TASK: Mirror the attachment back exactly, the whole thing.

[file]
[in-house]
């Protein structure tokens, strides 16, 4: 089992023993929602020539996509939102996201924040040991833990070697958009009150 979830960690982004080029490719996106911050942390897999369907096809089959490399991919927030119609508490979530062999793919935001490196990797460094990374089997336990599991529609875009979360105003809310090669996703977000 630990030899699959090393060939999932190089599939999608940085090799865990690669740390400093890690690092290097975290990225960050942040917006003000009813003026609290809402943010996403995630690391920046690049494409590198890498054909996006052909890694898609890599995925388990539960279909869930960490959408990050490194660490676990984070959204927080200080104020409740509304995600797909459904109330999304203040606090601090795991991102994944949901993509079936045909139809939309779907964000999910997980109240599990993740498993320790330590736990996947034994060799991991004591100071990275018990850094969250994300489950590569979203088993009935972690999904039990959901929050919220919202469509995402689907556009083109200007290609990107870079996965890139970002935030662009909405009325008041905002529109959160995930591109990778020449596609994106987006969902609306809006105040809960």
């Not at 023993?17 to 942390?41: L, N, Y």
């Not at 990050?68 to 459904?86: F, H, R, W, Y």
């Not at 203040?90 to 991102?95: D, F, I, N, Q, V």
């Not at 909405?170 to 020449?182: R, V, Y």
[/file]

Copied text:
[in-house]
């Protein structure tokens, strides 16, 4: 089992023993929602020539996509939102996201924040040991833990070697958009009150 979830960690982004080029490719996106911050942390897999369907096809089959490399991919927030119609508490979530062999793919935001490196990797460094990374089997336990599991529609875009979360105003809310090669996703977000 630990030899699959090393060939999932190089599939999608940085090799865990690669740390400093890690690092290097975290990225960050942040917006003000009813003026609290809402943010996403995630690391920046690049494409590198890498054909996006052909890694898609890599995925388990539960279909869930960490959408990050490194660490676990984070959204927080200080104020409740509304995600797909459904109330999304203040606090601090795991991102994944949901993509079936045909139809939309779907964000999910997980109240599990993740498993320790330590736990996947034994060799991991004591100071990275018990850094969250994300489950590569979203088993009935972690999904039990959901929050919220919202469509995402689907556009083109200007290609990107870079996965890139970002935030662009909405009325008041905002529109959160995930591109990778020449596609994106987006969902609306809006105040809960």
């Not at 023993?17 to 942390?41: L, N, Y």
């Not at 990050?68 to 459904?86: F, H, R, W, Y």
């Not at 203040?90 to 991102?95: D, F, I, N, Q, V």
């Not at 909405?170 to 020449?182: R, V, Y």